Nanotechnology in the Age of Posthuman Engineering: Science Fiction as Science.
Vol. 10, Num. 2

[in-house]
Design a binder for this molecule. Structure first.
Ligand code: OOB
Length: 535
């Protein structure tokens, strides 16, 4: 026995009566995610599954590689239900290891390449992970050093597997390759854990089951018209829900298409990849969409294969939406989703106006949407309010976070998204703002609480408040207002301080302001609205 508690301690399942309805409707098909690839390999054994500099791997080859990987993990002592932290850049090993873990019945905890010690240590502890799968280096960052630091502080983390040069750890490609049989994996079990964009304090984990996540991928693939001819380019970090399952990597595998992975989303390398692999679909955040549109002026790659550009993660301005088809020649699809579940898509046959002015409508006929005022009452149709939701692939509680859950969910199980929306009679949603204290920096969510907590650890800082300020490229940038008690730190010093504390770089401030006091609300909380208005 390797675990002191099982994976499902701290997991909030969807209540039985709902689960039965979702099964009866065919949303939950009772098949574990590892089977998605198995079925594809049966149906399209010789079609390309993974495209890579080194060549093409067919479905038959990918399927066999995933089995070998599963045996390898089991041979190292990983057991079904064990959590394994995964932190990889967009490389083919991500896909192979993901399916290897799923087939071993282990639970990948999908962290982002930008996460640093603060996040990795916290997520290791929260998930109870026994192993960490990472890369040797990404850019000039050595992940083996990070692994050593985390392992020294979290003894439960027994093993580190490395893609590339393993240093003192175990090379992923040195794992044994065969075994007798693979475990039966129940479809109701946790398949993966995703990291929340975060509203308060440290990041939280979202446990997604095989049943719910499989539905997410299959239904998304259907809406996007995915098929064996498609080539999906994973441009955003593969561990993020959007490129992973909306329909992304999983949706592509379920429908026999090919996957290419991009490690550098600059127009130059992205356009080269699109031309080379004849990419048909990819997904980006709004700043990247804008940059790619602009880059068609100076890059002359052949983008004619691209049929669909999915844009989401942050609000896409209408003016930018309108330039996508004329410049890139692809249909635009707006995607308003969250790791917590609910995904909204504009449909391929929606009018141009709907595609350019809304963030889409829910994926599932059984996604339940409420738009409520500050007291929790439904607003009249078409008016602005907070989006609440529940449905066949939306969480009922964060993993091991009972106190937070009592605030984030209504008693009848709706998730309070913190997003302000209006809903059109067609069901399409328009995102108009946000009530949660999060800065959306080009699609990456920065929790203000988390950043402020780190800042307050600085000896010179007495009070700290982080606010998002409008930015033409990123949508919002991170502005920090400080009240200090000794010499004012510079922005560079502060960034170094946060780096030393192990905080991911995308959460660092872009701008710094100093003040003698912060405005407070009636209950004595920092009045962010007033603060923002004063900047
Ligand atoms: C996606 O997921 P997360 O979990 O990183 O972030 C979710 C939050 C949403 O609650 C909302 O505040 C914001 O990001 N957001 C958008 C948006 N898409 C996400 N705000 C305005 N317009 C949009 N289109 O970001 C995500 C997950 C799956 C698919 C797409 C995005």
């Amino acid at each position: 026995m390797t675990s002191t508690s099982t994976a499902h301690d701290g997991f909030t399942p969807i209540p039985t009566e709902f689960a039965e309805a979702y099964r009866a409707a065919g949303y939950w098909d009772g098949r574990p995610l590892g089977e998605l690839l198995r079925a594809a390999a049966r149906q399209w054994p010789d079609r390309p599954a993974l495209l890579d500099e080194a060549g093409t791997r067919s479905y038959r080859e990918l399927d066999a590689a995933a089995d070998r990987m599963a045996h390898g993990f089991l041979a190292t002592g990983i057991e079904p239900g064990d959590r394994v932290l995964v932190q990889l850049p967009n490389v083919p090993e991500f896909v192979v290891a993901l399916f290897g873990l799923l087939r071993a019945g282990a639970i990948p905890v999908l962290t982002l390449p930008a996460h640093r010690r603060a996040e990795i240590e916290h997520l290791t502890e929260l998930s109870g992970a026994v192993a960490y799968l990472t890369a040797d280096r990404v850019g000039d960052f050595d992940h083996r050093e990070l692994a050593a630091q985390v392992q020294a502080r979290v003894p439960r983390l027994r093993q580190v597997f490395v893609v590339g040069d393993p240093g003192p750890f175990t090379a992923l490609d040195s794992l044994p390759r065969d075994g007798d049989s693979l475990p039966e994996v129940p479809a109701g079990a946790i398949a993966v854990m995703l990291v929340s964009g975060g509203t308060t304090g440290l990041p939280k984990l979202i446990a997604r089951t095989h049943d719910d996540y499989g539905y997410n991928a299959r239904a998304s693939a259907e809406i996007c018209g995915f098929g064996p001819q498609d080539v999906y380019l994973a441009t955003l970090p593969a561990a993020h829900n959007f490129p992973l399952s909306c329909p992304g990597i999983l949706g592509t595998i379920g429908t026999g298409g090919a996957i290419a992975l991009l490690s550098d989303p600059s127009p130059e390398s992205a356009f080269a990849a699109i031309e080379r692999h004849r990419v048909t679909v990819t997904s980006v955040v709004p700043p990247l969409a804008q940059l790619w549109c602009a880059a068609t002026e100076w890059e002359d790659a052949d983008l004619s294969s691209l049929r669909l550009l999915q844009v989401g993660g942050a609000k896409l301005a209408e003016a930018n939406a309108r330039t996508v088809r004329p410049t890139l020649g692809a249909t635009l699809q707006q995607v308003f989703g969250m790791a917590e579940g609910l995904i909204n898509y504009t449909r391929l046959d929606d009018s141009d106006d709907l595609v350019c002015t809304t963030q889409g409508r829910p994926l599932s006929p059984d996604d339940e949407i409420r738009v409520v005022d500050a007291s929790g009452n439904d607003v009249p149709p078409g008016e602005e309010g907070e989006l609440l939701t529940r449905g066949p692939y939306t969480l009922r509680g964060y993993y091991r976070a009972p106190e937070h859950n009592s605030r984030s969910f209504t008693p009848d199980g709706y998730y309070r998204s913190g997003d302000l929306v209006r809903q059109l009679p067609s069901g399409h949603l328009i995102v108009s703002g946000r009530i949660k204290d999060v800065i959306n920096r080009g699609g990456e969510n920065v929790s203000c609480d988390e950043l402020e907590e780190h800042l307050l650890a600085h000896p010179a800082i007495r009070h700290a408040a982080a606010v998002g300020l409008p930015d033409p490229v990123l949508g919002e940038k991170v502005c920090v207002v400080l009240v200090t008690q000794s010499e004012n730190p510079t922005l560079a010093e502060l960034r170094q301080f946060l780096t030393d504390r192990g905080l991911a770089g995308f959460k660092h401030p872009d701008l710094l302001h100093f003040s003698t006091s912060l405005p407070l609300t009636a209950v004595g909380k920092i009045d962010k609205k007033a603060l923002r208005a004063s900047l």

Milburn shows that the boundary between science fiction writers and writers of theoretical applied science is hopelessly blurred. (279) Writings on nanotechnology partake of, and benefit from, this fluid border. In 2002, when Milburn wrote, nanotechnology was dismissed by some as a visionary science. K. Eric Drexler's vivid prose and future scenarios Engines of Creation: The Coming Era of Nanotechnology troubled other scientists. He and other pioneers in the field asserted that nanotechnology was already inevitable. Nanotechnology responded with "various rhetorical strategies intended to distance its science from the negative associations of science fiction." (266) Among those was what Milburn calls the "Feynman origin myth." Richard Feynman's 1959 talk 'There's Plenty of Room at the Bottom,' delivered to the American Physical Society at the California Institute of Technology, described the possibility of engineering on the molecular level. Milburn argues that nanowriters use this talk to lend the entire field the imprimatur of a respected Nobel Prize winner. Milburn argues that "The Feynman myth would work only if it clearly had no precedents, if it was truly an 'original' event in intellectual history, if Feynman had offered a unique, programmatic conception of how nanotechnology was to be accomplished. Yet this is not the case: Feynman merely depicted a speculative vision of a possible technology." (283) Furthermore, Feynman's talk clearly shows the influence of a Robert Heinlein short story, "Waldo." Milburn argues that science fiction cannot " be stripped from nanoscience without loss, for it is the exclusive domain in which mature nanotechnology currently exists…and any eventual appearance of practical molecular manufacturing —transforming the world at a still-unknown point in the future—would surely constitute a tremendous materialization of the fantastic. Accordingly, I suggest that molecular nanotechnology should be viewed as simultaneously a science and a science fiction." (267) Furthermore, someone like "Drexler cannot be so simply exiled: he has persuaded not only individual nanoscientists but also governmental funding boards about the inevitable nanofuture, and accordingly, nanotechnology should acknowledge the heavy speculation that remains fundamental for its own development as a research field." (280) In future, developments in nanotechnology will cause us to rethink the border of our own bodies, for "bodies in the grasp of nanologic can be reassembled or reproduced with engineering specificity." (288) One instance is cryogenics. Milburn notes that Walt Disney, "perhaps the world's most famous cryonically preserved character."(293) "In a wonderful semiotic tangle, the discourses of nanotechnology, cryonics, hyperreality, and posthumanism all converge under the sign of Disney." (293) Milburn concludes, "[n]anotechnology and all of its implications are on the horizon, bodied forth by the speculations of science and of fiction. With the nanofuture in sight, we must prepare for our posthuman condition . . . for it may be a small world, after all." (295)